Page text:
Modec Air motors are often used in very specialized applications. We therefore cannot make a standardized motor for any one specific industry! We can, however, describe certain specific situations in which our motors are used.
Here are eight examples of specific environments in which Modec air motors are suitable :
The biggest problem faced by motors used on boats or at any industrial site located next to the sea, is corrosion. The machines used to power sluice gates or winches, tend to degrade very rapidly. The main problem with electric motors is that not only it is necessary to protect the motor itself, but also the electrical system supplying it with power! The primary advantage air motors offer is that they do not need as much protection (motor & electrical networks) as electric motors. All that is required is a simple air filtering and lubrication system to ensure that the air injected into the motor is clean and dry. Air motors are also more resistant to damp and more robust!
Corrosion of equipment is a problem in these environments, as is safety, due to the high risk of short circuits occurring! Electric motors have to comply with IP protection standards, which provide a rating of resistance to dust and water. Each motor has to offer a specific level of protection depending on the type of use to which it is to be put and the depth involved. In addition to the motor itself, the whole electrical system supplying it with power must also be protected. In the case of air motors, there is a constant 6 bar of air pressure inside the motor itself, which means there is no risk of water penetrating inside! As far as the materials used are concerned, it is essential to ensure that parts that come into contact with water are made from stainless steel, in order to avoid any risk of corrosion, and that all seals and joints are waterproof. Once these precautions have been taken, the risk of corrosion or damage to the interior of the motor is removed; and with no electricity supply involved, there is no risk of short circuits!
There are countless environments in which this kind of situation occurs, such as when sandblasting, on dusty building sites, in grain silos in the agri-food industry, etc. The problem dust usually causes is overheating of the motor.
Electric motors are affected by two specific problems:
Air motors offer an excellent alternative for two reasons:
In very high temperature environments, all electric motors heat up and therefore need to be excessively large in order to operate properly. But even when larger in size, there still exists a risk that the motor will overheat and trip out! Additionally, this increase in size also involves a not insubstantial increase in costs. In the case of air motors, there is no risk of overheating because the motor actually gets cooler when being used. The limiting factor is not the temperature of the motor but rather the components used. The seals/joints, oils and other components need to be suitable for use in high temperatures. Because we ensure this is the case, our motors are able to operate in temperatures up to 130°C without the need to be made excessively large.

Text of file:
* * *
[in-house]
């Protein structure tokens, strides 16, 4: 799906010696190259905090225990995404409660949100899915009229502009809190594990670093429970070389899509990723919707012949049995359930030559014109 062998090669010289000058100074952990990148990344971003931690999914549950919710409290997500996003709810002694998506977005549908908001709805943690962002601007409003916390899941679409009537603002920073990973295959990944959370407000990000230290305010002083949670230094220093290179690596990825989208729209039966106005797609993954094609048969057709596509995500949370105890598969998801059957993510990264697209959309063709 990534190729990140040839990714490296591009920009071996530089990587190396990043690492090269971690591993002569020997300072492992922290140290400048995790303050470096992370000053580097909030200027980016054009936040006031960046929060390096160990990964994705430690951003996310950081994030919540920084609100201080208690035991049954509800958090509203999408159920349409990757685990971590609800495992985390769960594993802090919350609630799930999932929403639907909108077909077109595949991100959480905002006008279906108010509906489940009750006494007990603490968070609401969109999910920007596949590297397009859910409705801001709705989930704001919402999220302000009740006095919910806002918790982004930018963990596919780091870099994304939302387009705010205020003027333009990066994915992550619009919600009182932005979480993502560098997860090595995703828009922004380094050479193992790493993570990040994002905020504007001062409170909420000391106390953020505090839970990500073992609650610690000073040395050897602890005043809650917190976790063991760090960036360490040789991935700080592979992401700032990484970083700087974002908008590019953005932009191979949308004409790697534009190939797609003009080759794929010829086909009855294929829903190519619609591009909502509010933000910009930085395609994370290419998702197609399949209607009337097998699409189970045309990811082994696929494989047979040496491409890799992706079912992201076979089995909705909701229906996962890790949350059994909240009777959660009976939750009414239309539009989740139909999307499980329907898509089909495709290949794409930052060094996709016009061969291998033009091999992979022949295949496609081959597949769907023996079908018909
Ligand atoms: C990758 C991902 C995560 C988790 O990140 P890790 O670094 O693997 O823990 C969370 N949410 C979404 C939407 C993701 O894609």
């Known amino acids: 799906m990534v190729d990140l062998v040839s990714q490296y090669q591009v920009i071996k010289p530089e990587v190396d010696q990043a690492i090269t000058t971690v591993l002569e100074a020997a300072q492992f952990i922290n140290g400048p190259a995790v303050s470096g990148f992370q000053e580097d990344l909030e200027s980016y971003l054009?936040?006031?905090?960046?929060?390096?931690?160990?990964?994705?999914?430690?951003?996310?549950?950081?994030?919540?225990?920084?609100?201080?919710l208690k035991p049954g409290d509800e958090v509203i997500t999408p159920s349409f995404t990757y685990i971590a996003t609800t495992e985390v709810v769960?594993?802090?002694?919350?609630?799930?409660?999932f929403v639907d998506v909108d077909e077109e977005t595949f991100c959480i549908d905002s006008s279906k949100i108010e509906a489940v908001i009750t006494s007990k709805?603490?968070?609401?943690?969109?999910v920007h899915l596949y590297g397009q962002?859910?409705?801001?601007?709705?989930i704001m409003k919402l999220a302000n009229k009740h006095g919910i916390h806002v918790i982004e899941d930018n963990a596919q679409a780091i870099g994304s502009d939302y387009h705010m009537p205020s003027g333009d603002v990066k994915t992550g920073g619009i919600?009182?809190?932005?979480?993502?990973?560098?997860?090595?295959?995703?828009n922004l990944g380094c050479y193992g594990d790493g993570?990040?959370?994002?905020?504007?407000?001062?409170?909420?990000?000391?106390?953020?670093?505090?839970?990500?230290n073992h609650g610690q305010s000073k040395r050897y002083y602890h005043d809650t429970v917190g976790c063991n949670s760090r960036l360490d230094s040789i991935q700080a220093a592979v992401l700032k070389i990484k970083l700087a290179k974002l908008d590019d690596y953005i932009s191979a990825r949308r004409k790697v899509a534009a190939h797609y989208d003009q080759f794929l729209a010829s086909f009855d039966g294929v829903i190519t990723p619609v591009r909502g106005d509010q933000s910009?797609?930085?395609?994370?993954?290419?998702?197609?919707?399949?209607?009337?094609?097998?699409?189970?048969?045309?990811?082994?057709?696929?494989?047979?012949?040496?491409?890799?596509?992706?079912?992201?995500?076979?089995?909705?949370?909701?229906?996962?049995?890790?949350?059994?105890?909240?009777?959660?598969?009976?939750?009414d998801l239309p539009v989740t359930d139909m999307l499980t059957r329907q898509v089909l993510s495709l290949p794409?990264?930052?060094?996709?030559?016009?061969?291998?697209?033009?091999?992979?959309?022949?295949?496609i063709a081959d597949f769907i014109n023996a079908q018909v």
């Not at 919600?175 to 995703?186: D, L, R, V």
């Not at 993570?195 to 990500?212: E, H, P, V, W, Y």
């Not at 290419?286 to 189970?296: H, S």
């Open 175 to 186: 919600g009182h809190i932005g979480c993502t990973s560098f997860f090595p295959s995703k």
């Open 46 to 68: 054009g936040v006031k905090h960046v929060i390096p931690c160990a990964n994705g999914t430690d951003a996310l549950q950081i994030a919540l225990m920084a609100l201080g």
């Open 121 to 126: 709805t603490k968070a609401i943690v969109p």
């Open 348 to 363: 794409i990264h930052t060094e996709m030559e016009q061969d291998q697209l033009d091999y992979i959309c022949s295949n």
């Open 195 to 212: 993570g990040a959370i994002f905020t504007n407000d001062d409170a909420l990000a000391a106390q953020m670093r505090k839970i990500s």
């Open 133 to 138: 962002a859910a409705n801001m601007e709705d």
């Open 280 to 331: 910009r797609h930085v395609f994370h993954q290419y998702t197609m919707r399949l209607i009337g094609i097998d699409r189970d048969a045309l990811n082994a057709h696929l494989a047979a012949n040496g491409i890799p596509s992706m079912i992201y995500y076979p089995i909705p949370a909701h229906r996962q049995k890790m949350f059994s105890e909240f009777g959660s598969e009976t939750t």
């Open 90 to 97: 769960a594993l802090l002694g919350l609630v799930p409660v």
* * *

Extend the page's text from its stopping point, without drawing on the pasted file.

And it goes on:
The specific issue with nuclear environments is that anything present in them gets exposed to nuclear radiation. Electric motors exposed on a daily basis to this radiation can become uncontrollable due to problems of electromagnetic compatibility (EMC). With air motors, there is no electricity present in the motor and therefore no risk of radiation interference. Large numbers of air motors are used in irradiated zones in the nuclear industry. In such applications, the air used is supplied from a non-contaminated zone and also evacuated to a non-contaminated zone in order to minimize contamination.
An example of this type of environment would be the "clean rooms" found in the chemical, pharmaceutical and agri-food industries. When used in these industries, motors need to be resistant to the specific types of cleaning products used to clean them and also be entirely clean in operation. Non-lubricated air motors are the types mainly used in such applications. This is in order to remove any risk of lubricating oil leaking into the sterile operating environment. These kinds of motors are made from stainless steel as it offers resistance to the high-temperatures used in sterilization and aggressive cleaning products.
Certain highly specific applications generate very strong mechanical vibrations. In cases where motors are used for sanding/abrasive stripping or cleaning applications they tend to be located on the parts of devices that are subject to tremendous vibration. In these kinds of situations, the mechanical resistance of the motor is the key factor: there is a risk of internal components breaking. Our air motors are very robust and designed to stand up to high mechanical stresses! Modec motors are tested and approved for use in these conditions.
As mentioned in one of the other articles, air motors offer the ideal alternative to electric motors in environments governed by ATEX regulations. They do not heat up; they do not produce electricity (hence no sparks), and it is not necessary to provide a protected electrical system in order for them to operate. Air motors simply need clean, dry, filtered and lubricated air in order to function. Another advantage air motors offer over electric motors is that they require less precautionary measures (there is no electrical system to feed through and protect) and less maintenance (they don't heat up or produce sparks, and no dust gets inside the motor).
As you can see from these eight examples, there are numerous applications for which air motors are better suited than electric motors. To find out how exactly how we have applied our expertise with specific clients, download our case studies.
You are also welcome to request a free consultation if you would like the opportunity to discuss your own project with us.